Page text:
Corona, CA: Duchess reigned in Corona

Janet Gould was called "the Duchess" because of her regal bearing and her many contributions to her city, her state and their history.

Photos show Gould in the attire of a well-dressed woman of the early 19th Century. She wore this costume when she spoke to different organizations, as she often did.

Her black dress was marked by a delicate pattern. She wore the mantilla in her hair that supported a black lace scarf. Her arms carried golden bracelets that jangled when she gestured as often happened during her talks.

She was born Janet Williams on a plantation in Howard County, Missouri , in 1878. Her father was a banker who served a term as treasurer of the state of Missouri.

Early in life Janet became interested in history and it became a life-long interest for her. She majored in history and English before marrying Walter M. Dean, who died in 1935. She married a second time to Chester Gould, who died in 1952.

Twice a widow, and living in Corona, she became fascinated with the Indian artifacts found in the area, the canyons around Corona, and the Spanish and Mexican heritage.

Gould did research in such libraries as the Huntington Library in San Marino and the Bancroft Library in Berkeley. She wrote articles and poems. She shared her accumulated knowledge by giving talks to clubs and church groups.

The Duchess title came to her, and no one knows who had originated it. But people in Corona generally accepted the title, though unofficial, as appropriate to this energetic and dignified lady.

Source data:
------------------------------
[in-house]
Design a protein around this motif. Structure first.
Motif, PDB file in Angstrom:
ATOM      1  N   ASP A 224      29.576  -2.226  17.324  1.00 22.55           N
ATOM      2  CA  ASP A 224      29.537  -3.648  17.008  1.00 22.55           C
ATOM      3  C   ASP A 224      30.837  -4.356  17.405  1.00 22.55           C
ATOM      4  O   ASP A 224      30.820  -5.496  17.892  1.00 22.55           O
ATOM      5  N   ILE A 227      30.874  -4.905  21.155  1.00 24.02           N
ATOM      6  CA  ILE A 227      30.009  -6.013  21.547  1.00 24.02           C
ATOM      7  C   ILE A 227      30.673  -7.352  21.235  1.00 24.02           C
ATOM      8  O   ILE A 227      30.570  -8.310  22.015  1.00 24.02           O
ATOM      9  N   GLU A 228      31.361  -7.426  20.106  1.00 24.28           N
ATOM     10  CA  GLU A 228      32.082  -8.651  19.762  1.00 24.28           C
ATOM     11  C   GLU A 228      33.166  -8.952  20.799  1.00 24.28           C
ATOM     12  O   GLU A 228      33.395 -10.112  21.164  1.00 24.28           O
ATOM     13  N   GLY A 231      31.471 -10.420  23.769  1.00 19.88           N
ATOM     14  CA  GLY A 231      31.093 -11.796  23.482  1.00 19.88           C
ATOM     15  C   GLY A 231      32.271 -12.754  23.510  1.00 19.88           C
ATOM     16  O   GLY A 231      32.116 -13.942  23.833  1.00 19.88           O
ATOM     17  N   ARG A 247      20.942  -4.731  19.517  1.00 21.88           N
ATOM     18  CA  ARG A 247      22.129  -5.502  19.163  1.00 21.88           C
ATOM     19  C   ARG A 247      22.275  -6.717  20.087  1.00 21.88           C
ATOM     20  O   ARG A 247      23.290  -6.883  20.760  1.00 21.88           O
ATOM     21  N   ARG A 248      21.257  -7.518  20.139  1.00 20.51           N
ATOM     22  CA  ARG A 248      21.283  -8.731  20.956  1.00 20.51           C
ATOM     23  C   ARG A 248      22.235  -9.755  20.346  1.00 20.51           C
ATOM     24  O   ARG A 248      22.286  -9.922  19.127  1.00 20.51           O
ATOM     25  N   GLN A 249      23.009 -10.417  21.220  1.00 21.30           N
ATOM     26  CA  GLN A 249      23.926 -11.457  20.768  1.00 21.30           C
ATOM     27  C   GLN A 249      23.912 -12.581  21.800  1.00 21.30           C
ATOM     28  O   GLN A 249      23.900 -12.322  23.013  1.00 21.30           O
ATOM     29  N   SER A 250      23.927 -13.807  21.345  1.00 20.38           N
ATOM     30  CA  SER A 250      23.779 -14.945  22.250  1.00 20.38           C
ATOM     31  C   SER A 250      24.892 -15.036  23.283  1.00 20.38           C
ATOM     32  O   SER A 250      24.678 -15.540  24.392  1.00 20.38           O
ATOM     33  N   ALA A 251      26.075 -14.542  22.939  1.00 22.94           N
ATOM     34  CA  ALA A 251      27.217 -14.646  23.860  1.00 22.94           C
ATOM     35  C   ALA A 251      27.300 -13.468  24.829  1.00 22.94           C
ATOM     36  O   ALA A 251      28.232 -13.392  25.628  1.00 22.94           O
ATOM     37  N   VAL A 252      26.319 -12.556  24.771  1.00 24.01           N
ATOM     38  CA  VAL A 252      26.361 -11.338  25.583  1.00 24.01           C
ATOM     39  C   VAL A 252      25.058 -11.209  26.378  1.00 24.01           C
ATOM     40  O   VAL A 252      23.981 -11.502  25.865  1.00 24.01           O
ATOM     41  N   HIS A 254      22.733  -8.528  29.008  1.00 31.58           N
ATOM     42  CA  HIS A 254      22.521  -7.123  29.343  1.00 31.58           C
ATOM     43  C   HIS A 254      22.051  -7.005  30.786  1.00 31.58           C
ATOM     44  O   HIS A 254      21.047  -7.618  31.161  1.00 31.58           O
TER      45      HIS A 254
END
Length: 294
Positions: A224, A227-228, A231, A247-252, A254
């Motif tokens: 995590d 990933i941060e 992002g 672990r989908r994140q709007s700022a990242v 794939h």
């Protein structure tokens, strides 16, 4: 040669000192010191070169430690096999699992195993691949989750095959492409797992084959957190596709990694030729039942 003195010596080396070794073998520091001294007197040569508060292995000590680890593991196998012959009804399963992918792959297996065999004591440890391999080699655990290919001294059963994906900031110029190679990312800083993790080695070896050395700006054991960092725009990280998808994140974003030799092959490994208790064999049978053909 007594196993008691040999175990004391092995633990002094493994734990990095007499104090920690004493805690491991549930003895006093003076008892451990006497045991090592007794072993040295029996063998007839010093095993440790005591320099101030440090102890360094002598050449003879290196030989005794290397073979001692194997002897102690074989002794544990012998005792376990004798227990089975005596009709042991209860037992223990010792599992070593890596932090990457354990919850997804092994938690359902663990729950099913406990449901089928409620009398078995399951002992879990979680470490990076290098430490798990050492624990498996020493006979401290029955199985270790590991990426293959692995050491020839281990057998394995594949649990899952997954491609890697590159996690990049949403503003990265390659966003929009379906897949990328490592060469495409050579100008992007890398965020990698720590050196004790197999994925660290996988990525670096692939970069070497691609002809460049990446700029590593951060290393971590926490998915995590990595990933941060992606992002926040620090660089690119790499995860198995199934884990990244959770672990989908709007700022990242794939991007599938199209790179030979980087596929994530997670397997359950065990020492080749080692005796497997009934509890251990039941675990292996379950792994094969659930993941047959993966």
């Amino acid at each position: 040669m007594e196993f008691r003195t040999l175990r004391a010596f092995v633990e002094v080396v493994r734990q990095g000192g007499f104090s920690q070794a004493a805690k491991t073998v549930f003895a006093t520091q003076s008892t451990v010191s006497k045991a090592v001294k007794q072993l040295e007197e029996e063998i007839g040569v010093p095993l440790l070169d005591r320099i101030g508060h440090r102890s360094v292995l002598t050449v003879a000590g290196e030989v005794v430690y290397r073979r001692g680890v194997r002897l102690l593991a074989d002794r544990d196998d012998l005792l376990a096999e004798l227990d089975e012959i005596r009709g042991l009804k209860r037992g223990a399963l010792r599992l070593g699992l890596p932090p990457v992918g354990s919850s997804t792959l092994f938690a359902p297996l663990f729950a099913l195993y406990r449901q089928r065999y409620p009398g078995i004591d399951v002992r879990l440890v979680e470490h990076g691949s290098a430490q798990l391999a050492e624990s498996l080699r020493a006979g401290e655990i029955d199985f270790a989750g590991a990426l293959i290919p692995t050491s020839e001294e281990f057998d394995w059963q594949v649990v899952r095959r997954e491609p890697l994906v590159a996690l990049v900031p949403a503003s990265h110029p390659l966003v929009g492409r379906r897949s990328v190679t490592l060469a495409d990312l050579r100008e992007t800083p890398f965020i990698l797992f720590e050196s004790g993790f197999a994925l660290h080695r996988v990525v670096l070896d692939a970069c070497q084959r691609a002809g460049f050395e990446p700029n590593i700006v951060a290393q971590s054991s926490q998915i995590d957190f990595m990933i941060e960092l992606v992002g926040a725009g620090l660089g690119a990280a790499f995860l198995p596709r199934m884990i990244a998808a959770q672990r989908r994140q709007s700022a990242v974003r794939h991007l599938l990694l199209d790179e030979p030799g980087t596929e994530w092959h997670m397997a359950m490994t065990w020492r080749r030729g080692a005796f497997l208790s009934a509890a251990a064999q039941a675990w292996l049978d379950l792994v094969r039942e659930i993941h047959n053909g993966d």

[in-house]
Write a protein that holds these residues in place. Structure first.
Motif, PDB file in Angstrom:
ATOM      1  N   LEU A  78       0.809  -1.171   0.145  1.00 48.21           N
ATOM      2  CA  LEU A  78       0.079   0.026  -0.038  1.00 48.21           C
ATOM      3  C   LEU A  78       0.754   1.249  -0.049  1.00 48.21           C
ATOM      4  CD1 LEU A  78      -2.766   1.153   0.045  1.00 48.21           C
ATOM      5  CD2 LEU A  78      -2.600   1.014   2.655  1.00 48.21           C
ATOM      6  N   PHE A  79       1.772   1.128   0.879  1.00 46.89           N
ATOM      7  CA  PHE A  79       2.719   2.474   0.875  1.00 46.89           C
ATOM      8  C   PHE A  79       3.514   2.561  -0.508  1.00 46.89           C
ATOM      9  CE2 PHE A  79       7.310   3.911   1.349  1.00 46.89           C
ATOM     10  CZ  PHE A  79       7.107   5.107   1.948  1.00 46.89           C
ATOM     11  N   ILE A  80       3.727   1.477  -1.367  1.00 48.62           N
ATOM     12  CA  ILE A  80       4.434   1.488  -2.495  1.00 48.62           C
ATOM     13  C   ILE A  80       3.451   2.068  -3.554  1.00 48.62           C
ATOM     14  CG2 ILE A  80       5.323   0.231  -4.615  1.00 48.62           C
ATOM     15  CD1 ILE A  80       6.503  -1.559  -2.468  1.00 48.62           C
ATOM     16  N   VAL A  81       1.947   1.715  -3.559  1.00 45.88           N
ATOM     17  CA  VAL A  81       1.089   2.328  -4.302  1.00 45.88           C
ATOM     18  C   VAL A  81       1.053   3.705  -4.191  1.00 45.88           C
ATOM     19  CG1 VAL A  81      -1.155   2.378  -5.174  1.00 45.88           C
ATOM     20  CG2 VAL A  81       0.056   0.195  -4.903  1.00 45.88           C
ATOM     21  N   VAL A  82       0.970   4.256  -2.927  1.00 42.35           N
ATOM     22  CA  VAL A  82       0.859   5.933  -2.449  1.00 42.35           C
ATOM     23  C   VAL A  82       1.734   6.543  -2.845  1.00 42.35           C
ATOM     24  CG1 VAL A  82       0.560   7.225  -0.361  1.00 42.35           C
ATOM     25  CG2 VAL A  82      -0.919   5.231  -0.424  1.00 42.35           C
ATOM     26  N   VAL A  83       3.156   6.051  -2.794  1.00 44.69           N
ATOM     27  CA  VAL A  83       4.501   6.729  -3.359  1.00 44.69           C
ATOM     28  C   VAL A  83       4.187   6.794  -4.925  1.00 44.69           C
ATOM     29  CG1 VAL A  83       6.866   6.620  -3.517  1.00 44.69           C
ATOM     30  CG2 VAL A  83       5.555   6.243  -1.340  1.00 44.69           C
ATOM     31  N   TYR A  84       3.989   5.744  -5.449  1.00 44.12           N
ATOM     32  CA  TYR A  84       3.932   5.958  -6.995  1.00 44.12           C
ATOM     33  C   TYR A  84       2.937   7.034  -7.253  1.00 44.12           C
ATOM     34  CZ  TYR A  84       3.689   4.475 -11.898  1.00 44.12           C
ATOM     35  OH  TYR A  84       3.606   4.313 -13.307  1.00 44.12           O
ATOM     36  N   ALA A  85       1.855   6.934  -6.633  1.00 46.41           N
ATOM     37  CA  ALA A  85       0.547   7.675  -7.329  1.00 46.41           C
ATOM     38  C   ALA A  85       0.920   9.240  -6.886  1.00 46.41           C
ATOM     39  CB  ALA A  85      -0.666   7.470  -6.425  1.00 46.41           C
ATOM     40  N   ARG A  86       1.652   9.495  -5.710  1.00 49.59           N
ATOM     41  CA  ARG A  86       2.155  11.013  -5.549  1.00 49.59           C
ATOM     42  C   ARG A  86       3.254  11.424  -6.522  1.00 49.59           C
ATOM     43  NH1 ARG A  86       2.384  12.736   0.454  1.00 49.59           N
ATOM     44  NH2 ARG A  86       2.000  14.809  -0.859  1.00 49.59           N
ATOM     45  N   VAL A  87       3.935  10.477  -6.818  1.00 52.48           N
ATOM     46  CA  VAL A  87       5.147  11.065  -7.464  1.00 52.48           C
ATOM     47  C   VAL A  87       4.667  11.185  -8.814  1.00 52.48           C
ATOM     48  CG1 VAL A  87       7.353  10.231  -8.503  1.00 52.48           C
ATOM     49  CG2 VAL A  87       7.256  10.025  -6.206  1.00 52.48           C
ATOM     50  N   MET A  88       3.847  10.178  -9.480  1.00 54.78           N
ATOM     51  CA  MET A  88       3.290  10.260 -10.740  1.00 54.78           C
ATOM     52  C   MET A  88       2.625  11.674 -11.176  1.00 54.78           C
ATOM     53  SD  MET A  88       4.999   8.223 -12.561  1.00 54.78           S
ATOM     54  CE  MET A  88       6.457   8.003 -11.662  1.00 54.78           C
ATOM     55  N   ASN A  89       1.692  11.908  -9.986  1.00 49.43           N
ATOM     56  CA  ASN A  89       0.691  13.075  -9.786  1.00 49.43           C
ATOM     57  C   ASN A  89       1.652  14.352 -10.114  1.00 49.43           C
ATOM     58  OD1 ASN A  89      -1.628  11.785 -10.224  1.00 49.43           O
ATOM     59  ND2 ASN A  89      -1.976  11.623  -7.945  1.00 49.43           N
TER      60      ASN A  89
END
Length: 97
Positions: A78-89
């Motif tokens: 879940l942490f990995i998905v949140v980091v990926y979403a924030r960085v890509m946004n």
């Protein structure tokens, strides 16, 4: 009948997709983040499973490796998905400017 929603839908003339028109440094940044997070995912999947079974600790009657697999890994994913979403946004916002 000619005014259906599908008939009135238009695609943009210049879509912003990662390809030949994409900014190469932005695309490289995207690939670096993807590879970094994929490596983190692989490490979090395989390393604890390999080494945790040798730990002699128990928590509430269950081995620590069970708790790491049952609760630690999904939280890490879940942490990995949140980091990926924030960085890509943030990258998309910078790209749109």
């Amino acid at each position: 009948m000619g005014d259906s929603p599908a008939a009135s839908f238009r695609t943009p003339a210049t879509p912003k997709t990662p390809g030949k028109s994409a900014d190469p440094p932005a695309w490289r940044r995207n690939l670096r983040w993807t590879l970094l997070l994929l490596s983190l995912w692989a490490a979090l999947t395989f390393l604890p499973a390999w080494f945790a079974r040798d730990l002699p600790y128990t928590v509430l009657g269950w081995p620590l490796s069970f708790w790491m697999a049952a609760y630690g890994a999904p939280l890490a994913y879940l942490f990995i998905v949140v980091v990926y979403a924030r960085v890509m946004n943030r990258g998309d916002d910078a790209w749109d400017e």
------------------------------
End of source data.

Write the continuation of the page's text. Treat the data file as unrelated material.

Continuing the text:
Gould, alias the Duchess, was most famous for her work in researching and publicizing the history of Corona. For the 50th anniversary of the city in 1936, Gould wrote and directed a pageant that was staged by schoolchildren.

The city enjoyed the pageant and people in Corona talked about it for years.

Gould used her influence to secure the establishment of state historical markers in and around Corona.

One of them marks the site of the old Butterfield Stage Station on the old Corona-Elsinore Road.

The Duchess died in July 1964, at age 86. She had lived in Corona for 54 years. She was recognized as the historical authority on Corona and environs.

She was often contacted by government officials for information relating to local history. Many of her papers and artifacts were donated to the Corona Public Library.

She left one son, one daughter, a stepdaughter, and five grandchildren as well as five great-grandchildren. Corona's Duchess made more of a contribution to her city and state than do many of the officially-titled duchesses of Europe make to their lands.

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